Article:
The Japanese government made official the long-expected flip Monday morning in Tokyo, reporting that the economy shrank at a 1.1% annual rate for the last three months of the year, a period when China’s gross domestic product surged 9.8% from a year earlier. With those figures, Japan’s full-year GDP was $5.47 trillion—about 7% smaller than the $5.88 trillion China reported in January.
Both still remain considerably smaller than the American economy. Japan and China combined are still worth less than the U.S.’s 2010 GDP of $14.66 trillion. But the news marks the end of era. For nearly two generations, since overtaking West Germany in 1967, Japan stood solidly as the world’s No. 2 economy. The new rankings symbolize China’s rise and Japan’s decline as global growth engines.
For the U.S., while Japan was in some ways an economic rival, it also has been a geopolitical and military ally. China, however, is a potential challenger on all fronts.
China’s ascent has been the main source of popular legitimacy for the ruling Communist Party. But Beijing worries that the mantle of economic titan comes with unwanted obligations for a country still in many ways poor. “China Surpassing Japan to Become World’s Second Biggest Economy—But Not the Second Strongest,” said the headline on a recent article on the website of the People’s Daily, the party’s flagship newspaper.
The Long Rivalry
China passed Japan in 2010 to become the world’s second-largest economy after the U.S. Compare the two economies over the past 50 years.
The complex reactions in both countries reflect the fact that China still lags behind Japan in many respects—and the reality that their growing interdependence makes them partners as much as rivals.
A Historical Shift
Take a look at major events in Japan and China over the past decades.
For Beijing, being No. 2 means, among other things, new clout. China has trumpeted its willingness to use its $2.85 trillion hoard of foreign-exchange reserves to help stabilize struggling countries such as Greece by purchasing their bonds. Officials have chastised Washington for monetary policies they say could endanger the value of China’s massive holdings of U.S. government debt.
But Beijing also suspects that developed countries want to use its rise to foist on it greater responsibilities in areas like carbon-emissions reduction and currency policy. When China’s GDP passed Japan’s on a quarterly basis last summer, official media outlets ran commentaries rebutting what they called “China responsibility theories” in the West exaggerating the country’s global role. The theories, one Chinese expert told the Xinhua news agency, “are fabricated to slow down and check China’s development.”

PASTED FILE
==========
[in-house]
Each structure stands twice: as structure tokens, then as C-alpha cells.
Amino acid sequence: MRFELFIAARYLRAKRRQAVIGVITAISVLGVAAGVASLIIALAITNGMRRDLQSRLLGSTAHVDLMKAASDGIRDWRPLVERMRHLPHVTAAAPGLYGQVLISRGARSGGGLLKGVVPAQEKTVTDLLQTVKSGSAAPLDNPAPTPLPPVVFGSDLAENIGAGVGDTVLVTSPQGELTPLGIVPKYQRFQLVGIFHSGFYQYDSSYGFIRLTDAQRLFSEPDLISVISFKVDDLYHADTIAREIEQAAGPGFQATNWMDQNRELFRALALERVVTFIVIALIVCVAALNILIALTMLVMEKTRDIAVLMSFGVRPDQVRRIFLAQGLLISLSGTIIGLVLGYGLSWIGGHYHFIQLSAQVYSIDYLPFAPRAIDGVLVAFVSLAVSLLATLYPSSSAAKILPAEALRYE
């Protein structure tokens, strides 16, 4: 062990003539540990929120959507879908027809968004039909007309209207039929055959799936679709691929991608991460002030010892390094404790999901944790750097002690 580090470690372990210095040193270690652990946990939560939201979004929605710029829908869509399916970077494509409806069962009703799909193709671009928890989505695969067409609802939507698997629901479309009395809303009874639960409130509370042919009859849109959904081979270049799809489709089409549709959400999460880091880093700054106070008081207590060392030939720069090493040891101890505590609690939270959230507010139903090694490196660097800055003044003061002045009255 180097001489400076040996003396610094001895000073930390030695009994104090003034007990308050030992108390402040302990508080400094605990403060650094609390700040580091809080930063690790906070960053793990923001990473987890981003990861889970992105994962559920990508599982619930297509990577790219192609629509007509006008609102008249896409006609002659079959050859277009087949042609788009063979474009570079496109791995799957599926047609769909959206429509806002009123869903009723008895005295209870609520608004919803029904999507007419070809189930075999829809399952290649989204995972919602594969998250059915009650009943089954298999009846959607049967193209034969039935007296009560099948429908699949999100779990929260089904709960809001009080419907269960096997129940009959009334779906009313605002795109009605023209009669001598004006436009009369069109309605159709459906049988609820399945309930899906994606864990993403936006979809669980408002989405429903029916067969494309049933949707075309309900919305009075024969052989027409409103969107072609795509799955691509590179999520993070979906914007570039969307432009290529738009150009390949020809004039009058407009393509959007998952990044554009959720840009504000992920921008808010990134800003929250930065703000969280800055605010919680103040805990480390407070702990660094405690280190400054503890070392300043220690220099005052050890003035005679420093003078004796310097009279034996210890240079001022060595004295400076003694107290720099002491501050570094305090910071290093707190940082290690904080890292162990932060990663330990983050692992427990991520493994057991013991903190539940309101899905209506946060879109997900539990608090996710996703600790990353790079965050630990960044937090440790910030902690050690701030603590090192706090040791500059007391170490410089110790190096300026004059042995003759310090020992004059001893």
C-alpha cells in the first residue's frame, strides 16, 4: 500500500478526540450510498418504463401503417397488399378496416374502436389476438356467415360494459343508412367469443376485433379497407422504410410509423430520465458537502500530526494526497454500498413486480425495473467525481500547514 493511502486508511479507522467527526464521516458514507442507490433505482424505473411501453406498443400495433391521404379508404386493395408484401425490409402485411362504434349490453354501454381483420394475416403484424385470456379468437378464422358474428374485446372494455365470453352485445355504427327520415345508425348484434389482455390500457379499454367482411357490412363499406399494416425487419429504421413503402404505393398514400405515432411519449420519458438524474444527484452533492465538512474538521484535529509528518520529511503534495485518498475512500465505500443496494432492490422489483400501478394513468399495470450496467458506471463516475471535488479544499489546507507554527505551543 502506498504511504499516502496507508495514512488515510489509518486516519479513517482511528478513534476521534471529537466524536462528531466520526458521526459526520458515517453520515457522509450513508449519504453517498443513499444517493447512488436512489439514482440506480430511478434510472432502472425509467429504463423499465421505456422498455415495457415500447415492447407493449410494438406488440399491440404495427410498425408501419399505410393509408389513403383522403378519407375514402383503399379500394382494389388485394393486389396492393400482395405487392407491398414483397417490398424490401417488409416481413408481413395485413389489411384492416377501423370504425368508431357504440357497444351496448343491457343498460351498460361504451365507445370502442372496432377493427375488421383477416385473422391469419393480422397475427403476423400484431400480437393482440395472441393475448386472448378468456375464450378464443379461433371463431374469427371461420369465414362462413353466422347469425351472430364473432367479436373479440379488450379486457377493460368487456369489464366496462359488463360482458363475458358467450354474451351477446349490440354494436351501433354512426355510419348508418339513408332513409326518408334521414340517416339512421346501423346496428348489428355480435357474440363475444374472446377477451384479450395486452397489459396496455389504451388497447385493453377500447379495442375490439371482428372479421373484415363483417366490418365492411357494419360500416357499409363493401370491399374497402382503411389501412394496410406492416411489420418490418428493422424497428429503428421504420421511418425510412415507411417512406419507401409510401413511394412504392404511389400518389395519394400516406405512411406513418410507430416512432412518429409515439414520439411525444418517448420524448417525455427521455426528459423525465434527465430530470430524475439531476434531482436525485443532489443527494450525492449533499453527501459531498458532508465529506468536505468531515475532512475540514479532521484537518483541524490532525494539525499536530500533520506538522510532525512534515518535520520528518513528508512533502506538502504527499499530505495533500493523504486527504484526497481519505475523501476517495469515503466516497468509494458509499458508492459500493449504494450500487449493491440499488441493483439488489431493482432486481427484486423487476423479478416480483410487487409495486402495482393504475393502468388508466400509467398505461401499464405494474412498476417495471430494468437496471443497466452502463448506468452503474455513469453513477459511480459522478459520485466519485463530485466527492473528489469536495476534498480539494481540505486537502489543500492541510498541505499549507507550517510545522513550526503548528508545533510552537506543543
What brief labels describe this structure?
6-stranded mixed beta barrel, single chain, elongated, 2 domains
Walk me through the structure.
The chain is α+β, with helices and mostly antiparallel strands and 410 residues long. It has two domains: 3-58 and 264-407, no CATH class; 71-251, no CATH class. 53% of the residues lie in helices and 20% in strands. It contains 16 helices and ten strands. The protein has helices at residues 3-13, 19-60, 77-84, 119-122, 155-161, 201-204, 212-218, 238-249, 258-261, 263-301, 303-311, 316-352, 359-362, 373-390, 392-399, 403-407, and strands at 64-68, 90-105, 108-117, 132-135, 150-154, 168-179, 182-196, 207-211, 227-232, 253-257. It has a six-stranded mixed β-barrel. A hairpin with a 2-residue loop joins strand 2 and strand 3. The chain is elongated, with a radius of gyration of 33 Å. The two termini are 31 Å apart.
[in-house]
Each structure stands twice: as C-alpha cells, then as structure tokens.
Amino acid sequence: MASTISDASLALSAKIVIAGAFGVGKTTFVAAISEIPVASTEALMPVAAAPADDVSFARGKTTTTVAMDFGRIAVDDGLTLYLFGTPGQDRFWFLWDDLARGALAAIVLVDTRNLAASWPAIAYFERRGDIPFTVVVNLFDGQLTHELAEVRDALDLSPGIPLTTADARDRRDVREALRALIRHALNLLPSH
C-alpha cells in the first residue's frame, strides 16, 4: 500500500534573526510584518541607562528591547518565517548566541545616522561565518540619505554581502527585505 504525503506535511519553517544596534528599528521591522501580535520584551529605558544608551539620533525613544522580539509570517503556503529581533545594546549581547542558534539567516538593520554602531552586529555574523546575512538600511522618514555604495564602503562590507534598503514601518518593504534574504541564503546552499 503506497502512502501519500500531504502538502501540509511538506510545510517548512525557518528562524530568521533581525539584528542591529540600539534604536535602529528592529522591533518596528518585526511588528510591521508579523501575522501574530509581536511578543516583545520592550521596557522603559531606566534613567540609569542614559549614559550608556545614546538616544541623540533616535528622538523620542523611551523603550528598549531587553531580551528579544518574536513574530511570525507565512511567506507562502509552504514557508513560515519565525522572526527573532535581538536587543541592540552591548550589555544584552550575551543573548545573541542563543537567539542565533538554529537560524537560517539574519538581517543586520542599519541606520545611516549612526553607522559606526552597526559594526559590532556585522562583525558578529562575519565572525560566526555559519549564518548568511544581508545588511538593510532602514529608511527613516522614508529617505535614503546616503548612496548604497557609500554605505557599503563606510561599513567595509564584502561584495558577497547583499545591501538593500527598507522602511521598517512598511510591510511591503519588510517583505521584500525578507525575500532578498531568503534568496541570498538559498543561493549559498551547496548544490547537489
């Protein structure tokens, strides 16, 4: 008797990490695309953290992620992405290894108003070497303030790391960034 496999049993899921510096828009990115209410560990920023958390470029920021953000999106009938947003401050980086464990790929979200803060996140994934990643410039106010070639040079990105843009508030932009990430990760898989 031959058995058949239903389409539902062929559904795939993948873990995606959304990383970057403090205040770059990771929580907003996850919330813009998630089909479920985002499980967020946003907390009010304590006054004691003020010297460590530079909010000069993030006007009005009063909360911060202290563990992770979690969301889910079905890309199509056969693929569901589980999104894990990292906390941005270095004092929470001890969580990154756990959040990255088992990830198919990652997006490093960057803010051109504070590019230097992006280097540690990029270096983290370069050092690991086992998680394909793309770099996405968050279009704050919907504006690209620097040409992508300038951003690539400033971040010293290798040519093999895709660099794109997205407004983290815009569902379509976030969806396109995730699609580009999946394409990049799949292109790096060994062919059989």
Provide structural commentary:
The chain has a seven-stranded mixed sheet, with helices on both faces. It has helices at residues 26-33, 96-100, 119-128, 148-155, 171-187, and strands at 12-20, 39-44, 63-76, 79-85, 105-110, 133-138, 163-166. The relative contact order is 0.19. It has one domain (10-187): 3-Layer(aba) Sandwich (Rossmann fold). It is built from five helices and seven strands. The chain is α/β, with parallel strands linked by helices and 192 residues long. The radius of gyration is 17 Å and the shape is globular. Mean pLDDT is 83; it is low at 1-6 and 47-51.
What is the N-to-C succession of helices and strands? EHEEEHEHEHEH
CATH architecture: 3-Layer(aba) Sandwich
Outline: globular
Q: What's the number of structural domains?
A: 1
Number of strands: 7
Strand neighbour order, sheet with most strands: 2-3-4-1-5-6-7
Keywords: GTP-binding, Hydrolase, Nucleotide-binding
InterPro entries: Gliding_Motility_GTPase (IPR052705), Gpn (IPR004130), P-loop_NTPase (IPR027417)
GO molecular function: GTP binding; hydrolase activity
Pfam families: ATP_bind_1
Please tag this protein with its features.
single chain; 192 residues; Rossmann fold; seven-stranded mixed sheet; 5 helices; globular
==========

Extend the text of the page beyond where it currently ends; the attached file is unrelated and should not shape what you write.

At home, the rise to No. 2 complicates the Communist Party’s national narrative, steeped in a sense of victimhood at the hands of foreign powers—not least 1930s Japan—that China is now overtaking. Party leaders are aware that China’s image as an economic powerhouse risks calling attention to the shortcomings of a country both powerful and poor.
So the government takes credit for China’s economic accomplishment while playing it down. When the National Bureau of Statistics reported China’s 2010 GDP last month, director Ma Jiantang was asked about the looming No. 2 milestone. The rise “is the result of hard struggle and continuous progress of the Chinese people under the leadership of the Communist Party,” he said—adding that China remains one of the world’s poorer countries on a per capita basis.
The official ambivalence is mirrored in China’s public reaction. “There might be people feeling thrilled about this, but I’m not one of them,” said Zheng Maohua, a 65-year-old retired government official in Beijing. The GDP landmark “can’t reflect the true situation of this society,” which he described as “rich country, poor people.”
In the 1980s and 1990s, Japan faced the same pressures China now fears, of global demands to shoulder extra responsibilities. China’s official rise to Asia’s top economy takes the spotlight off Tokyo. While still the oldest liberal democracy in East Asia and a cornerstone of the U.S. defense umbrella, Japan no longer faces the same pressure from Western peers to exercise “checkbook diplomacy” or open its markets—even though Japan’s trade surpluses with the U.S. remain high.
Some Japanese elites are wistful for those demands. “Some of us look back to the era of Japan-bashing with nostalgia,” says Takatoshi Ito, an economics professor at Tokyo University and a former top finance ministry official. “We were frustrated back then, but ignored is worse than being bashed.”
— Loretta Chao in Beijing
and Juro Osawa in Tokyo contributed to this article.
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